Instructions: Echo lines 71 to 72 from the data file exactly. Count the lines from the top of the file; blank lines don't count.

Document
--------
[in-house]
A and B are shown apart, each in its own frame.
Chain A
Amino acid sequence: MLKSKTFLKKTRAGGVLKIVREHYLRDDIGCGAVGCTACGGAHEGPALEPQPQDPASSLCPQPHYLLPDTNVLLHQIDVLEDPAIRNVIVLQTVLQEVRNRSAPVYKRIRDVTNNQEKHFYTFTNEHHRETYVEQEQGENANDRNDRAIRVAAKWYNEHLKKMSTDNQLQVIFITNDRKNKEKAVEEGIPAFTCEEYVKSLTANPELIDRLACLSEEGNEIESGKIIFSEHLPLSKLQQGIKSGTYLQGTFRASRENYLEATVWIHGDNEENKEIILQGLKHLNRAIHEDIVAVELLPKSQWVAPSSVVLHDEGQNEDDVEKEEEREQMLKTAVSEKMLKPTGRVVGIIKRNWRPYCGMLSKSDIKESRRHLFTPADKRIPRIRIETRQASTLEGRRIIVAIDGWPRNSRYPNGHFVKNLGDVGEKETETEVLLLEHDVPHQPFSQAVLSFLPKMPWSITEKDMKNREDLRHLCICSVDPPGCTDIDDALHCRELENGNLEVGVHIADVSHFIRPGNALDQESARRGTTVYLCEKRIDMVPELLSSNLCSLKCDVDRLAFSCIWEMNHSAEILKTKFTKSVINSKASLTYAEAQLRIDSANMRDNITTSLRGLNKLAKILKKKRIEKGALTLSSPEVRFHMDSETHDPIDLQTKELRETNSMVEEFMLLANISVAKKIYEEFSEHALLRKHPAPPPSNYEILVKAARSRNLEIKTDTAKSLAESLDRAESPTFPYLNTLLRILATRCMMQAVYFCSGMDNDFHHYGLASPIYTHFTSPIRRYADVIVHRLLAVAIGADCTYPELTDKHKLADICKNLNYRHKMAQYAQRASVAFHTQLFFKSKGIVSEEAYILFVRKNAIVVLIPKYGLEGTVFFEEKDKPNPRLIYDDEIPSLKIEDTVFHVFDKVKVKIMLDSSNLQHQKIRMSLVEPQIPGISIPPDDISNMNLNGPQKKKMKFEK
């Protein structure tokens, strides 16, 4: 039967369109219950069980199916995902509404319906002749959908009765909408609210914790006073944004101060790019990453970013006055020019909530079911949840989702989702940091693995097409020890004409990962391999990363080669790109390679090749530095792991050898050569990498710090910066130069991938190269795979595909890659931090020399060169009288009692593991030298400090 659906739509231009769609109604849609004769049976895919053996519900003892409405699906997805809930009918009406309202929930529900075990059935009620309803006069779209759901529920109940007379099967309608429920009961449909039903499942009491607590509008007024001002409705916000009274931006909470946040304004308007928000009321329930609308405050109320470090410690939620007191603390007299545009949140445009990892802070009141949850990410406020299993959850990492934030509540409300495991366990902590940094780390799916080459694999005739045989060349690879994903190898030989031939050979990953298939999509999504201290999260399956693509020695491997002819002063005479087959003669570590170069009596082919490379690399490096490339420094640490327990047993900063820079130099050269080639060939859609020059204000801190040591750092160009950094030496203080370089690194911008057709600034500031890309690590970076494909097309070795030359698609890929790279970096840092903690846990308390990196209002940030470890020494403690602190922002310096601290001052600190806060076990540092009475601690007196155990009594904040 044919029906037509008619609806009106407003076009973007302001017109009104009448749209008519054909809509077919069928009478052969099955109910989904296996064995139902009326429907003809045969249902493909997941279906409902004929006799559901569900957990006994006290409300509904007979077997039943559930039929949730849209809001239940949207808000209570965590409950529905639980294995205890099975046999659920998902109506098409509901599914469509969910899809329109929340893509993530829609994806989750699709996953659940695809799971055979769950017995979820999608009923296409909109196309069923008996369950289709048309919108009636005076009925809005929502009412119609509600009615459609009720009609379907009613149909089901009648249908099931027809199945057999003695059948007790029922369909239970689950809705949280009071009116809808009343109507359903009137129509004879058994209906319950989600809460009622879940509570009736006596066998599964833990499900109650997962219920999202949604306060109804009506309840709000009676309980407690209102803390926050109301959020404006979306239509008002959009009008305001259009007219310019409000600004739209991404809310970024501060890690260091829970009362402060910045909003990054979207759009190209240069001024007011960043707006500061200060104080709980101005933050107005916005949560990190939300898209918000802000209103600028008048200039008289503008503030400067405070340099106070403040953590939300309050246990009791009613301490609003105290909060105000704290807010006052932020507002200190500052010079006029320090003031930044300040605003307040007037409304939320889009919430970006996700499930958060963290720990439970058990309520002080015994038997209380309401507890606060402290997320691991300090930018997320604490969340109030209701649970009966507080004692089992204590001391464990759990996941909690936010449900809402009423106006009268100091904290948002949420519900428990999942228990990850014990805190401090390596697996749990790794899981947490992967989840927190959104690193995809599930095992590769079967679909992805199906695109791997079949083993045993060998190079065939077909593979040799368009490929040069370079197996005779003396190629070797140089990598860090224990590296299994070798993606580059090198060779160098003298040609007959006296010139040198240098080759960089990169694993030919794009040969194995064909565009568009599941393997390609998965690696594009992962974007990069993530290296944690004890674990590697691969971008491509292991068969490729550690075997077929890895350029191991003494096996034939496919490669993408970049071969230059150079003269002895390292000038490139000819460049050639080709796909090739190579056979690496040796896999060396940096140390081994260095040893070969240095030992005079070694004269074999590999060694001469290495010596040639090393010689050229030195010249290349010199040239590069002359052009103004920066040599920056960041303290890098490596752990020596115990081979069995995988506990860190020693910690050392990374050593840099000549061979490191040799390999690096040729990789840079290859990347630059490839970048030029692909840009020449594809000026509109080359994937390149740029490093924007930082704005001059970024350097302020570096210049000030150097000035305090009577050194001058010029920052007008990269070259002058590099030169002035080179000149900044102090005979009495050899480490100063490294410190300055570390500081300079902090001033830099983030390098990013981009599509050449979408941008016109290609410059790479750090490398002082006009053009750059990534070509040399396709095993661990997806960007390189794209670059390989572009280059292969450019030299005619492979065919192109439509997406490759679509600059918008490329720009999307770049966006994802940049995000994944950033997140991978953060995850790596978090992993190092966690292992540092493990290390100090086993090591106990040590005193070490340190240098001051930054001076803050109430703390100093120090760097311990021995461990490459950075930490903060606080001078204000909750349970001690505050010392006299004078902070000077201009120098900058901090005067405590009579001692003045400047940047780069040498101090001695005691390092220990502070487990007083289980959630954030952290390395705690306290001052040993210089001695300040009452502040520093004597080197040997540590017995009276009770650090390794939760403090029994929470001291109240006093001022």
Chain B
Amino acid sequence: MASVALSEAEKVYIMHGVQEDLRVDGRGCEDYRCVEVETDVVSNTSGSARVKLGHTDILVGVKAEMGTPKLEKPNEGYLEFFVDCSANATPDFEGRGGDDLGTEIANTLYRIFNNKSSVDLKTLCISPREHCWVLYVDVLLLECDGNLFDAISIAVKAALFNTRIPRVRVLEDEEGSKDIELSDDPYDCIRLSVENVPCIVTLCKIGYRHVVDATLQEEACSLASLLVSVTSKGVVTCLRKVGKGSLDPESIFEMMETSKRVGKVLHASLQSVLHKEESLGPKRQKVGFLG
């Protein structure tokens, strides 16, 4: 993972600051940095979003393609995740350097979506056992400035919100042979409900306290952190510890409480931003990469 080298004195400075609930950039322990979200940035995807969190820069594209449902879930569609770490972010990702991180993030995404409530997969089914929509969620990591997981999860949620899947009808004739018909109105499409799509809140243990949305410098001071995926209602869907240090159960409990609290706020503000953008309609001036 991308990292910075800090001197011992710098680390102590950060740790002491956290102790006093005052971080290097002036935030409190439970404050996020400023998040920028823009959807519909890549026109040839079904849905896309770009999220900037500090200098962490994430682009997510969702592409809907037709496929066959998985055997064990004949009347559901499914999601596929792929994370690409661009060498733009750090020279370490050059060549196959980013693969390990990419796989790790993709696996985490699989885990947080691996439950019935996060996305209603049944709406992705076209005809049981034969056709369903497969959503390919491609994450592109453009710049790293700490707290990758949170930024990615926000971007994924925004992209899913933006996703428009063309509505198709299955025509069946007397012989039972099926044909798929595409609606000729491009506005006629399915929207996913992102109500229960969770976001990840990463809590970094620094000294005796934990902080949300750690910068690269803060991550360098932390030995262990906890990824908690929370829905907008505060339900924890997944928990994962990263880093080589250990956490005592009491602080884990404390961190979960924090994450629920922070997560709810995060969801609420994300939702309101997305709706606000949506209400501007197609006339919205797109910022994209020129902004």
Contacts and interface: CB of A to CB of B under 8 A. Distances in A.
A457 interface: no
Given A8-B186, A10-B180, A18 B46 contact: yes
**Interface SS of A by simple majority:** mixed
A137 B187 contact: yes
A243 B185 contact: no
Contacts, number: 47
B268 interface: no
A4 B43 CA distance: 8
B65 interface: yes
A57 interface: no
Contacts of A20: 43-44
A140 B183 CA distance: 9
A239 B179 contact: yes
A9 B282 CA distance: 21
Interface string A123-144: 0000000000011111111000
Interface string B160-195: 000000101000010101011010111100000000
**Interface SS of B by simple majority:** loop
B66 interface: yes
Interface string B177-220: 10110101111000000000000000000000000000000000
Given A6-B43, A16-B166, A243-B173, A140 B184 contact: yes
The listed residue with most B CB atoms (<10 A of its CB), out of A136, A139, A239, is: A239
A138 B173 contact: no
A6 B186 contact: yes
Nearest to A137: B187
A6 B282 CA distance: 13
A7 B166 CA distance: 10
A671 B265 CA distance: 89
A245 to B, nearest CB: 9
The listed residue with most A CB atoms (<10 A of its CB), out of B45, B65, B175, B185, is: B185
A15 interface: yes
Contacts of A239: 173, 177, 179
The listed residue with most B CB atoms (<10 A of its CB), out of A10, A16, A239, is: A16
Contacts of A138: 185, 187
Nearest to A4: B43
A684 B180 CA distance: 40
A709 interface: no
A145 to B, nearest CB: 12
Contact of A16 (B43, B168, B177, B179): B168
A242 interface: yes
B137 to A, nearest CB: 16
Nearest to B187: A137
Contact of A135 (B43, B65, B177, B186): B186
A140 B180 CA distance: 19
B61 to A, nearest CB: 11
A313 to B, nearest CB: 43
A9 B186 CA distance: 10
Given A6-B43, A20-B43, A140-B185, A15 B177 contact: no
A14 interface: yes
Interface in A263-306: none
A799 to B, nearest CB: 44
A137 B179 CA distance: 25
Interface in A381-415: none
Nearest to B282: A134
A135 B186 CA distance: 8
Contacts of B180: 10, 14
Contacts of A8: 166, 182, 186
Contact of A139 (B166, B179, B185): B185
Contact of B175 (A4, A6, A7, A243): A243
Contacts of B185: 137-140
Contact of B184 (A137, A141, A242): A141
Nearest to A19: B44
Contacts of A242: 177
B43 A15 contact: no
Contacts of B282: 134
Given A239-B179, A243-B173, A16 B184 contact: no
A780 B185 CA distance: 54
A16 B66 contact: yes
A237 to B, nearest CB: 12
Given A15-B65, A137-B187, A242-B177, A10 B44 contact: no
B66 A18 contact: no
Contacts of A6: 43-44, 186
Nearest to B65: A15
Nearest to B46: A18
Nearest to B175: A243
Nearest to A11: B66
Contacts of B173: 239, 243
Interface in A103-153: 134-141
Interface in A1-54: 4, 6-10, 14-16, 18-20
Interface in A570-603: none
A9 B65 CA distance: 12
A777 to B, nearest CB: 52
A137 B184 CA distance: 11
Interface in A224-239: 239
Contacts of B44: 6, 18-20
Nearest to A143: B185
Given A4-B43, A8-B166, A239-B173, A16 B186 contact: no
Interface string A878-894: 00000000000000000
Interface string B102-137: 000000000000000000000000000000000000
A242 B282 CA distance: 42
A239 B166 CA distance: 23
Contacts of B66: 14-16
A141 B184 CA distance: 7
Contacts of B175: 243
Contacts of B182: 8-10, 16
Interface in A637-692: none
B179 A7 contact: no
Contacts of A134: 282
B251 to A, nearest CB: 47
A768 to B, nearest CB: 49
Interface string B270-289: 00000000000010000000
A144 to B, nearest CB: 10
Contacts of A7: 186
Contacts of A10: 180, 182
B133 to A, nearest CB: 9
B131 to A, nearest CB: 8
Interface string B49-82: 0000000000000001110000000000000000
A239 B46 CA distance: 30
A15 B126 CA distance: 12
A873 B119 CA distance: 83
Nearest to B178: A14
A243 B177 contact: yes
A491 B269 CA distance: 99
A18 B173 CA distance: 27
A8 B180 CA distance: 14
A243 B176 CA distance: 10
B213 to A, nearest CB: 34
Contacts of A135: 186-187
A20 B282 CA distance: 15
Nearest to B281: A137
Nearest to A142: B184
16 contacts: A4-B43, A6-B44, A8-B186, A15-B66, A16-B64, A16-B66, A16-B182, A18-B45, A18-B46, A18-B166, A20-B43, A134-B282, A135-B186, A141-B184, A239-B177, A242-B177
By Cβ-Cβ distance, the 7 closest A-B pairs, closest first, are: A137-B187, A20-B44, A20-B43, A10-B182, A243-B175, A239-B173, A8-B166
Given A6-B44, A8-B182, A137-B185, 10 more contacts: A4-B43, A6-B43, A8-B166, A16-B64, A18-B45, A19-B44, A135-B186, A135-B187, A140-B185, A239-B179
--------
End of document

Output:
Contacts of A242: 177
B43 A15 contact: no